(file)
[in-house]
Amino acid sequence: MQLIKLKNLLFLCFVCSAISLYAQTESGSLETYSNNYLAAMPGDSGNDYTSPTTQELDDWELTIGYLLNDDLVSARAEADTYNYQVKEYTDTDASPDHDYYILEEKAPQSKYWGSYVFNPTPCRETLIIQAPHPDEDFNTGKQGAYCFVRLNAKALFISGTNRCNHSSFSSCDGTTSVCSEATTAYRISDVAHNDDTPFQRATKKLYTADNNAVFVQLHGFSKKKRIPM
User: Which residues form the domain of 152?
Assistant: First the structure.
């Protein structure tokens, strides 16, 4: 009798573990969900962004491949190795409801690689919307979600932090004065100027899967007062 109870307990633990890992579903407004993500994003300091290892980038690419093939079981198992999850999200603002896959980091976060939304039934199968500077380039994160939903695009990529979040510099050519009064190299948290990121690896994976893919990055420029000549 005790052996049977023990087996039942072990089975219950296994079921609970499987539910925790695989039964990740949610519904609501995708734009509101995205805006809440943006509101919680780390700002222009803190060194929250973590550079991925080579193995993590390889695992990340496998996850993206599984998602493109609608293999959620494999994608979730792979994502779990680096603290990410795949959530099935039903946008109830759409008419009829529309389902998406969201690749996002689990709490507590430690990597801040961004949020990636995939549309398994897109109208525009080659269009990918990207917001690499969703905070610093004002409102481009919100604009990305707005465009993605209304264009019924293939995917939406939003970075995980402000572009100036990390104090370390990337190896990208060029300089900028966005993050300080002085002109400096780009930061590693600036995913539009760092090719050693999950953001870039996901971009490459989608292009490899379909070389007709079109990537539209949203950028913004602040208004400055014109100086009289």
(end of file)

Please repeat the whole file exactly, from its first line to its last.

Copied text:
[in-house]
Amino acid sequence: MQLIKLKNLLFLCFVCSAISLYAQTESGSLETYSNNYLAAMPGDSGNDYTSPTTQELDDWELTIGYLLNDDLVSARAEADTYNYQVKEYTDTDASPDHDYYILEEKAPQSKYWGSYVFNPTPCRETLIIQAPHPDEDFNTGKQGAYCFVRLNAKALFISGTNRCNHSSFSSCDGTTSVCSEATTAYRISDVAHNDDTPFQRATKKLYTADNNAVFVQLHGFSKKKRIPM
User: Which residues form the domain of 152?
Assistant: First the structure.
């Protein structure tokens, strides 16, 4: 009798573990969900962004491949190795409801690689919307979600932090004065100027899967007062 109870307990633990890992579903407004993500994003300091290892980038690419093939079981198992999850999200603002896959980091976060939304039934199968500077380039994160939903695009990529979040510099050519009064190299948290990121690896994976893919990055420029000549 005790052996049977023990087996039942072990089975219950296994079921609970499987539910925790695989039964990740949610519904609501995708734009509101995205805006809440943006509101919680780390700002222009803190060194929250973590550079991925080579193995993590390889695992990340496998996850993206599984998602493109609608293999959620494999994608979730792979994502779990680096603290990410795949959530099935039903946008109830759409008419009829529309389902998406969201690749996002689990709490507590430690990597801040961004949020990636995939549309398994897109109208525009080659269009990918990207917001690499969703905070610093004002409102481009919100604009990305707005465009993605209304264009019924293939995917939406939003970075995980402000572009100036990390104090370390990337190896990208060029300089900028966005993050300080002085002109400096780009930061590693600036995913539009760092090719050693999950953001870039996901971009490459989608292009490899379909070389007709079109990537539209949203950028913004602040208004400055014109100086009289």